For the purposes of this list, supermarkets were defined as brick-and-mortar grocers, grocery stores, membership-only warehouse clubs, and nationwide department store retailers that have supermarkets within their retail locations. In addition, only those supermarkets with outposts in multiple states and more than five locations total were considered.

Judgments were made according to the following criteria:

Stock: A wide range of brands and offerings, including organic, locally sourced, artisanal, local favorites, international foods, and private label.

Services/Departments: Departments, including butcher, deli, bakery, and pharmacy.

Innovation: Delivery options, mobile apps, and staying on top of the latest trends.

Customer Service: Efficient checkout and self-checkout, easy returns/exchanges, loyalty programs, and personal touches like baggers who take groceries to the car.

Appearance and cleanliness: Brightly lit displays, tidy shelves, clutter-free aisles, and scuff-free floors.

Contribution to the community: Creating local jobs, working with local farmers and suppliers, and helping the less fortunate.

The top ten selections on msn’s list were:

  • Publix
  • Wegmans
  • Aldi
  • Likl
  • Trader Joes
  • Whole Foods
  • Harris Teeter (branch of Kroger)
  • Costco
  • Super Target
  • Kroger
  • Kroger Engaging People & Eliminating Process Waste

    Kroger engages with its customers and associates to create better, emotionally uplifting experiences with its brands, an article published by their technology partner Pivotal states.

    As you may know, the Kroger Company operates a personalized online ordering and in-store pickup system, a data analytics business, pharmacies, and convenience stores. They also believe in building strong local ties and brand loyalty with customers through delivering a consistently better customer experience, and through being involved in improving both their work processes and their communities. For example, the company is on a mission to end hunger in its communities; they are also on an ongoing mission to eliminate waste across its company by 2025—and leveraging technology, Pivotal says, is a big part of the plan.

    It’s not surprising that a customer base becomes more engaged and loyal when their shopping experience is consistently positive; and it’s not surprising that a workforce becomes more engaged and provides better service when they have an active voice in improving their work processes and, as are a result, are part of a more productive and successful team.

    Sounds like a great “recipe” for success… and is also well-aligned with our concept of “engagement around the work.”

    Surprising Data About Online Shopping Preferences

    Several of our posts have referenced prevailing supermarket shopping trends indicating the increasing popularity of online grocery shopping.

    However, the vast majority of Americans are not following-suit according to a new Gallup poll.

    The results of the poll were reported in a recent SupermarketNews article. Of 1,033 U.S. adults surveyed, 84% said they never order groceries online and 89% never order meal kits.

    The piece goes on to suggest that people who have ordered online do so with less frequency than one might expect, and that the likelihood of shopping online or buying meal kits is strongest with younger shoppers.

    Read the full article…

    More Curb-side Pick-up at Target

    In a recent SupermarketNews article, Target announced it has added Drive Up curbside pickup service to 200 more stores in the Midwest.

    The article went on to report that due to the expansion, more than 800 Target stores in 25 states now offer Drive Up service for online purchases of groceries, household essential items and other products, and plans are in the works to add additional locations next month.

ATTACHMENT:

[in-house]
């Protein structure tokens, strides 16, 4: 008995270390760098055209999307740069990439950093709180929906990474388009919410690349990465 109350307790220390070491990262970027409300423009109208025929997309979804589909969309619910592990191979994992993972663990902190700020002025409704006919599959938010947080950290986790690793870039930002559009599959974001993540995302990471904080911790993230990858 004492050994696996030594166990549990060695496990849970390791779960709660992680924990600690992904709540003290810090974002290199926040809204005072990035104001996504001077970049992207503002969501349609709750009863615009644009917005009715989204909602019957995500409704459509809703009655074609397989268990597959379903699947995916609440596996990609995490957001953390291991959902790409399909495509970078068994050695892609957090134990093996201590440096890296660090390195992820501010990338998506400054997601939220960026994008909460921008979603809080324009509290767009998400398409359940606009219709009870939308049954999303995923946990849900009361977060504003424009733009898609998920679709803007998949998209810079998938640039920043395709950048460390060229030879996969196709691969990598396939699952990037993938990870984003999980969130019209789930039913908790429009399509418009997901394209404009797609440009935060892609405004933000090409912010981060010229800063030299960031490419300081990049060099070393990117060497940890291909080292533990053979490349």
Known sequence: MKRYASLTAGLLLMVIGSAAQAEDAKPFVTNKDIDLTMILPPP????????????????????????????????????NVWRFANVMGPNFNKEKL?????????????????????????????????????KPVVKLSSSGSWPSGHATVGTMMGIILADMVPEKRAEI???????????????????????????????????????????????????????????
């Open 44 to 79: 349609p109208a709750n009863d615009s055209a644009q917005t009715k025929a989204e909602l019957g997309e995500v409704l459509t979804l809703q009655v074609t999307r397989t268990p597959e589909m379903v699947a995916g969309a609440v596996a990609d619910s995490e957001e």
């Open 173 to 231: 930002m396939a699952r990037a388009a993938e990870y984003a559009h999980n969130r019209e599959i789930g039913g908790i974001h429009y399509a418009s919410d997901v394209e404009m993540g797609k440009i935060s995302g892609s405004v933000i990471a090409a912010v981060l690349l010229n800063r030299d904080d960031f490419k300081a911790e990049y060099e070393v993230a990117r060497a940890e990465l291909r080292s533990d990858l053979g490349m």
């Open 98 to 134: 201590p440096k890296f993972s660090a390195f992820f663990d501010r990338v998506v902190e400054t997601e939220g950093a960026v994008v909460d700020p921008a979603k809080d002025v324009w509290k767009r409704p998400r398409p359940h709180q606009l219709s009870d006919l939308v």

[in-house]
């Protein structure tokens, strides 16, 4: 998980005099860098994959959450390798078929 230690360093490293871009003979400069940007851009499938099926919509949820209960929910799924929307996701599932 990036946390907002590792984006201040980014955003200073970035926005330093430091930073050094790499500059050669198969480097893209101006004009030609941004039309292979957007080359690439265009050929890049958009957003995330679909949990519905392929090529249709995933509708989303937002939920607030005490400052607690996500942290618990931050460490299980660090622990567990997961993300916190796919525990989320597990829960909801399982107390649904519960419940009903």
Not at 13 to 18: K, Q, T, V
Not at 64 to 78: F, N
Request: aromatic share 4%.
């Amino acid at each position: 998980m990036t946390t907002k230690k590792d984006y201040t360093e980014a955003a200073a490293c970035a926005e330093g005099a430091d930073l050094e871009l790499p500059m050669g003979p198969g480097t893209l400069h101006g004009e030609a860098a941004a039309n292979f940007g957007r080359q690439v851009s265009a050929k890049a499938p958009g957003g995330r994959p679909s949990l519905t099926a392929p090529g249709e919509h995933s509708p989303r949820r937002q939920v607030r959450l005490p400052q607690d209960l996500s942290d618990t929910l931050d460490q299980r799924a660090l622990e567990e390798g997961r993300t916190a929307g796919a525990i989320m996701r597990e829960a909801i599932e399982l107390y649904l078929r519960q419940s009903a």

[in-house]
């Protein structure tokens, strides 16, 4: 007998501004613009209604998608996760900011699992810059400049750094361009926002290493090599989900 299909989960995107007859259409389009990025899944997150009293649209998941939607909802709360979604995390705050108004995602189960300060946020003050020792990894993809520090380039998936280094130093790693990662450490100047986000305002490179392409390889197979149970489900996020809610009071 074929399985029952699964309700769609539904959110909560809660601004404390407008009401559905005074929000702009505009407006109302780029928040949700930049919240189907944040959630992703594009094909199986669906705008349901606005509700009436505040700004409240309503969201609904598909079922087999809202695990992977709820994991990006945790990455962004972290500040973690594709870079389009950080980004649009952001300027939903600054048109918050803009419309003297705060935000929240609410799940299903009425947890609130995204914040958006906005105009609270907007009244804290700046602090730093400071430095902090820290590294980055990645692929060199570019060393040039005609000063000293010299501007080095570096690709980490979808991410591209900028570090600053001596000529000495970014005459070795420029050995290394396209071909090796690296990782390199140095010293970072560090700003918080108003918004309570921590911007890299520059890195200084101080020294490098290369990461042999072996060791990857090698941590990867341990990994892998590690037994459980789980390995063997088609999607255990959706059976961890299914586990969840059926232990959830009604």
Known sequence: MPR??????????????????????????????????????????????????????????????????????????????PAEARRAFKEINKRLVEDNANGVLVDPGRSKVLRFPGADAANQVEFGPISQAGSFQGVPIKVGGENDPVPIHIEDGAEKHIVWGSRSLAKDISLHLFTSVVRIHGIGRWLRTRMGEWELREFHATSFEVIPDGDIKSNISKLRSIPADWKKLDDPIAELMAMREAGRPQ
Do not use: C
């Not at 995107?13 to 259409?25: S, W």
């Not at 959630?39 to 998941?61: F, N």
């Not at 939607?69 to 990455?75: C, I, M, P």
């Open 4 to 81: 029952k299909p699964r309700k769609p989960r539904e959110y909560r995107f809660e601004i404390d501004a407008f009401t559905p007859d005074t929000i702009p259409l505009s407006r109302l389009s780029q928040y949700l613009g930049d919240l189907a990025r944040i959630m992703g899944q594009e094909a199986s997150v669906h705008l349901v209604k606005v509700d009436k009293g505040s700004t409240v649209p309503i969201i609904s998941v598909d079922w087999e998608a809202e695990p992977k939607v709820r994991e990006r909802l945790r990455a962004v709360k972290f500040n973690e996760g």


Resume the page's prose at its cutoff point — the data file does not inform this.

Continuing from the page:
Another example of consumer preferences impact on supermarket and retail decision-making!

    Read the full article…

    Improving Online Grocery Shopping

    According to a recent posting and discussion on LinkedIn, supermarket chain Kroger is exploring driverless grocery delivery.

    Kroger plans to partner with an electrical start-up Nuro to test delivering groceries without drivers in a pilot program later this year. Nuro’s first vehicle is designed to move goods, not people the write-up noted.

    Certainly the trend among retailers has been to make online grocery shopping cheaper and easier. For example, Walmart recently partnered with Postmates to expand its online grocery delivery service.

    Wonder what will be next?

    Read more…

    Supermarket Priorities for 2017?

    A recent SupermarketNews article shared some interesting perspectives from Acosta Sales & Marketing, the sales and marketing powerhouse behind most of the trusted brands seen in stores every day.

    The article listed the top priorities on which supermarkets should focus next year, based on various surveys and emerging trends.

    The top five recommendations:

    1. Integrate health and wellness: Educate shoppers in-store and digitally to help them make smart food choices. Also consider how any in-store dietitians, pharmacies or other services in the wellness category can benefit customers during a single shopping trip.

    2. Prepared foods: Expect the trend of ready-to-eat meals to grow further as shoppers look for convenient, but quality, meal solutions. Retailers should provide nutritious options in this category, as well as more diverse types of meals.

    3. Digital fusion: The digital retail experience now goes beyond just coupons with the concept of the endless aisle. At-home delivery options make shopping convenient, and retailers should leverage apps so consumers can meal plan and take inventory of their kitchens.

    4. Localize: Shoppers want to feel a connection to their store and localizing your offerings and marketing messages can help them form a bond. A supermarket should be broadly appealing, yet reflective of its community.

    5. Signature departments: Select a few particular categories to zero in on and amplify those areas to differentiate your retail offerings. If you think your customers will gravitate toward a robust pet section, for example, focus on diversifying your product offerings in this space versus an aisle they’re less likely to visit.

    Read the full article…